One of the most important facets of purchasing fire apparatus, and the one that can lead to greater satisfaction or sheer horror, is the factory inspection which takes place (or should) during the course of construction of the vehicle. It is also the most misunderstood and can be the most wasteful...
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This typically occurs at a point in construction when the chassis has been built, the pump or aerial device, if present, is mounted and the body has been placed on the chassis. Some of the wiring and lighting will have been located and mounted, as well as the air lines and most, if not all, of the vehicle's hydraulic system installed. You should be able to take the vehicle for a test drive and should do so at this point in order to test the braking and steering systems, as well as to determine if the location of switches, siren pedals, radio mounts, etc., are as desired.
The Pre-Paint Inspection
This will be the most important means of determining whether or not your pre-construction meeting was a success.
You should be on the lookout for all the items that you so carefully explained to the engineering staff during that meeting, as well as looking for specific items which would cause your department a maintenance or operational headache later on:
- The location and accessibility of the basic fuel, oil and air filters which are going to be changed on a regular basis over the life of the vehicle. Are there items blocking quick access to them or, in the case of the liquid filters, do they need to be lifted over the interior of the crew cab, causing the likelihood that oil will be spilled on the seats or cab floor?
- The location of the wiring harnesses running throughout the vehicle. Are they readily accessible if a short circuit should occur and rewiring a particular circuit becomes necessary?
- The grounding of electrical devices should be performed via a common ground run through the main wiring harness. Grounding each light and other device to the body individually is a sure sign that you are in for some electrical nightmares during the life of your rig.
- Are main undercarriage items readily accessible without removal of numerous other devices first? For example, if a starter needs replacement, a fairly common repair, can it simply be unbolted, removed and replaced or must the mechanic first uncouple numerous air, electrical and hydraulic lines which have been run beneath the starter and perpendicular to it? If you have to take this rig to a shop, you will pay upward of $75 per hour for repairs. Do you want to pay simply for replacement of the starter or do you want to add an additional four or five hours of labor because all these obstructing lines also have to be removed and replaced?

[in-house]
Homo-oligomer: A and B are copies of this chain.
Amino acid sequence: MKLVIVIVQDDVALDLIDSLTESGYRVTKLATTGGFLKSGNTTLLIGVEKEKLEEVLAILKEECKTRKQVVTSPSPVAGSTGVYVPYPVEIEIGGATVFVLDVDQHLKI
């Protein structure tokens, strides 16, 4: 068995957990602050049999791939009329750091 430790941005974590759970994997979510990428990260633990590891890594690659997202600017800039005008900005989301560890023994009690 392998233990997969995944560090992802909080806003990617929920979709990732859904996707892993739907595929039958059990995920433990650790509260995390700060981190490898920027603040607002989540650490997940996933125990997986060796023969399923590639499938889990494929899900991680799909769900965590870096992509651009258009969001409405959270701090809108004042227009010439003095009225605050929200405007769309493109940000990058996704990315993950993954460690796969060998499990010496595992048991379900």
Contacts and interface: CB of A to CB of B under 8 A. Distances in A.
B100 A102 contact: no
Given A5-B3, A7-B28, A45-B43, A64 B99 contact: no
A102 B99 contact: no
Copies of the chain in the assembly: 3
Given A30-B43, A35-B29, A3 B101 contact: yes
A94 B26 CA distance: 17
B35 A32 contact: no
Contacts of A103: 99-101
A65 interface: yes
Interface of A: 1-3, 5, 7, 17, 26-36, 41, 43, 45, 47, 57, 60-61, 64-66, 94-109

There are any number of items, too numerous to mention in any one article, that must be addressed when readying your new rig for delivery. The important thing to remember is that the quality of your inspections will reflect upon the degree of down time and maintenance cost ultimately incurred by your department. It is well worth your time and money to insure that a thorough, professional series of inspections is performed. If you're purchasing an aerial device, chances are you'll be spending in the neighborhood of $700,000. That's a pretty expensive neighborhood, so make sure that you get what you are paying for. Keep your eyes open and good luck!
John P. Morello has formed Morello Associates Inc., a fire apparatus consulting firm whose goal is assisting fire departments in specifying and purchasing new fire apparatus. Anyone interested in obtaining professional assistance with specification preparation, bid evaluations, performing factory inspections and acceptance of fire vehicles may reach him at his New York office, 718-478-6967.
John P. Morello recently retired from the FDNY after a 34-year career. He served for 12 years as a battalion chief, including eight years as the FDNY Chief of Technical Services, responsible for specifying and purchasing all automotive equipment used by the FDNY, as well as all the firefighting tools and equipment. In addition, he was the fleet manager for the FDNY's over 1,100 vehicles. He has specified, purchased, inspected and accepted over $75 million worth of fire apparatus. He was a voting member of the NFPA 1901 (Fire Department Apparatus) Committee for five years, while in active service, and still participates in its operations.